2) Complimentary ticket (i.e., member’s card) valid throughout the year. This ticket is also
valid for the National Baseball Hall of Fame and Museum in Cooperstown, N.Y.
3)5 courtesy tickets for non-members (Individual membership)
20 courtesy tickets for non-members (Corporation membership)
4) Occasional News Release
5) 10% reduction to the items on sale at the baseball museum
6) The Baseball Hall of Fame 1959-2009 (Published in March, 2009)
(Junior members excepted)
There are three kinds of sustaining members. The yearly membership is valid from April to March.
- Individual membership (Membership fee is 10,000 yen)
Overseas membership fee is 100 dollars)
- Corporation membership (Membership fee is 100,000 yen)
Overseas membership is 1,000 dollars)
- Junior Membership (Primary and junior high school students.
Membership fee is 2,000yen
*The membership fee for new individual sustaining members varies according to the month when they join.
From April to September: 10,000 yen
October to December: 5,000 yen
January to March 2,000 yen
If you have any questions, please feel free to ask the Management at 03-3811-3600.
B On Sale
1) Commemorative balls autographed by Osamu Higashio, 2010 Hall of Famer
@ 25,000 yen(including tax)
Please come and visit our Website at: http://www.baseball-museum.or.jp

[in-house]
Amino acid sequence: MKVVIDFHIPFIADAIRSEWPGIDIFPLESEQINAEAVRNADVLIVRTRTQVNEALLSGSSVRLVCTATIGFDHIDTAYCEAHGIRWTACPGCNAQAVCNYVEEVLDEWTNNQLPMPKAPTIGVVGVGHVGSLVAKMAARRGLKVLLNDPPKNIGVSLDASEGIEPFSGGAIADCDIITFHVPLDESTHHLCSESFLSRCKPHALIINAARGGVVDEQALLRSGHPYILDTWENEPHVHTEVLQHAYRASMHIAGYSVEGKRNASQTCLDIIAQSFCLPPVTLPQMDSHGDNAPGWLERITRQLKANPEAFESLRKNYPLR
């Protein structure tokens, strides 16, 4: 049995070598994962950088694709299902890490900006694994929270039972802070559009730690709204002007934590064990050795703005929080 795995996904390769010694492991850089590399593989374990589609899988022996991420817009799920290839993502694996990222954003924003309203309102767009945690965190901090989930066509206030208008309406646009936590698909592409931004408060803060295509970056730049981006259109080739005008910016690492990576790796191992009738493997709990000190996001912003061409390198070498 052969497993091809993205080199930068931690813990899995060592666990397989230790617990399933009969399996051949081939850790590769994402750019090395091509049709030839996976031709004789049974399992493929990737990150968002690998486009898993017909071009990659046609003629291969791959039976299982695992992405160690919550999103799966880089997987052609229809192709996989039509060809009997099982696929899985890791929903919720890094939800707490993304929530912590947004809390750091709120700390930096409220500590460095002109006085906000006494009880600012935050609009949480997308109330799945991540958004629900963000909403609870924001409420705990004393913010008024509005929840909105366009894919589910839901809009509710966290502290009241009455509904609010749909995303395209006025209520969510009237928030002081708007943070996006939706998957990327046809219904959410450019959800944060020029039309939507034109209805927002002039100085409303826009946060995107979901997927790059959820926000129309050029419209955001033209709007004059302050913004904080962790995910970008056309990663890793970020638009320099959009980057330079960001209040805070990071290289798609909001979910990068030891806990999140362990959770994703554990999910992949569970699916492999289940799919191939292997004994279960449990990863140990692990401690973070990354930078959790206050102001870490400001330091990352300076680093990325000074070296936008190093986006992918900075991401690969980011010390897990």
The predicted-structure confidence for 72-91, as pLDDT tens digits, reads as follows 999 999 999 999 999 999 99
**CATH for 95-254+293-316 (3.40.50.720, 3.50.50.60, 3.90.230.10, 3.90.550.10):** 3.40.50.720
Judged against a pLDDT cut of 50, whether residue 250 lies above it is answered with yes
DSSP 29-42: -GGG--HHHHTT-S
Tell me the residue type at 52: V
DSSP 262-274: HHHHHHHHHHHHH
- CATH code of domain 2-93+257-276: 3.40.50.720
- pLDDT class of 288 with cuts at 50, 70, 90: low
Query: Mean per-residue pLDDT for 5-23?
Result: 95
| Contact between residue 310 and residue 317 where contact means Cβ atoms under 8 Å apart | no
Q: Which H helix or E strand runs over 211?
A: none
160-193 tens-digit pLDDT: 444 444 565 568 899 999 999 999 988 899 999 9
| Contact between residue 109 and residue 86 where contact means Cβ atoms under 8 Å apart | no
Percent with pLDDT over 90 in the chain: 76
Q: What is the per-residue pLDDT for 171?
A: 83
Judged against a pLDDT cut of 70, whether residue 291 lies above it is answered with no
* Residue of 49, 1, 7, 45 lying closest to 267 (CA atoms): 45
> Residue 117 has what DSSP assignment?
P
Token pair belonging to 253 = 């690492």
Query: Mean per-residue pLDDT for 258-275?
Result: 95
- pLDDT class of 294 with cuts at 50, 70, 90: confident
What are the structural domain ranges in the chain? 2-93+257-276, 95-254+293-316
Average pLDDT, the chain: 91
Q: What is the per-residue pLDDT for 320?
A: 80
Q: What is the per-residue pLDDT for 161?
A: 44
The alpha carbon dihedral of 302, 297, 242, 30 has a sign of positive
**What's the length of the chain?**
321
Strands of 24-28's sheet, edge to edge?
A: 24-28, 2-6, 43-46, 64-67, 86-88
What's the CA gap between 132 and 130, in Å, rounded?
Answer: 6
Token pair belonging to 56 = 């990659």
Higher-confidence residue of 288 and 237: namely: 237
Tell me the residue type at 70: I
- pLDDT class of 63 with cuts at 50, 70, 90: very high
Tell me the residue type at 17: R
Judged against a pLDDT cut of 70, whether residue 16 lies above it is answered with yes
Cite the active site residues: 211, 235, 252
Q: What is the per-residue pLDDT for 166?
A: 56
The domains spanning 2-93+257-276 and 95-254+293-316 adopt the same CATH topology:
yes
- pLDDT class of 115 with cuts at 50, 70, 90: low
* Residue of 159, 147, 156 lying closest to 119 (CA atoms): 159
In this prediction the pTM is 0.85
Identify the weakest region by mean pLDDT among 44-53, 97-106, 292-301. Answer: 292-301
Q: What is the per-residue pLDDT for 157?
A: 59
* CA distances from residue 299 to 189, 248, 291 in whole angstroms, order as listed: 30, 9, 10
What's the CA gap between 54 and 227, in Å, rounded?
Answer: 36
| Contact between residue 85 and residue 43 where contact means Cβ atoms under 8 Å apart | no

They are official NPB balls encased in a glass box with a pedestal (145 mm x
130 mm x 130
mm). The supplements are a certificate published by
the Baseball Hall of Fame and Museum, The Baseball Hall of Fame,
1959~2009, and 6admission tickets to the Baseball Hall of
2) Green Wrist Band @ 500yen (including tax)
It is a wrist band worn by all of NPB players to appeal to baseball fans to participate in a
campaign to prevent the global warming. Part of sales will be allotted to “Forest of Pro
Baseball,” a tree-planting drive to lessen carbon
NB Its design on sale is different from the one worn by players.
3) Baseball authenticated by NPB @ 1,600yen (including tax)
An “Official Game Ball,” which has a stipulated coefficient of restitution (0.41~0.44) is not
Mailing service is also available with mailing charge: 250yen per ball,
400yen for 2~3 balls,
600yen for 4~6 balls. Inquiry is requested
for ordering more than 6 balls.
Remittance should be made by registered mail.
C News from the Baseball Museum
- The board of directors and councilors of the Baseball Hall of Fame and Museum met at Tokyo Dome Hotel at 11 o’clock on Monday, June 6 and approved the following items on the agenda:reports on activities, statement of accounts for 2009 and auditor’s certificate for 2009.
- Changes in officials
Junsei Atarashi, managing director of the Tokyo Yakult Swallows
Noriaki Iida, executive managing director of the Saitama Seibu Lions
Naoyuki Murakami, Operating officer of the Fukuoka Softbank Hawks
Retiring councilor Kesanori Kurashima, Masashi Tsunoda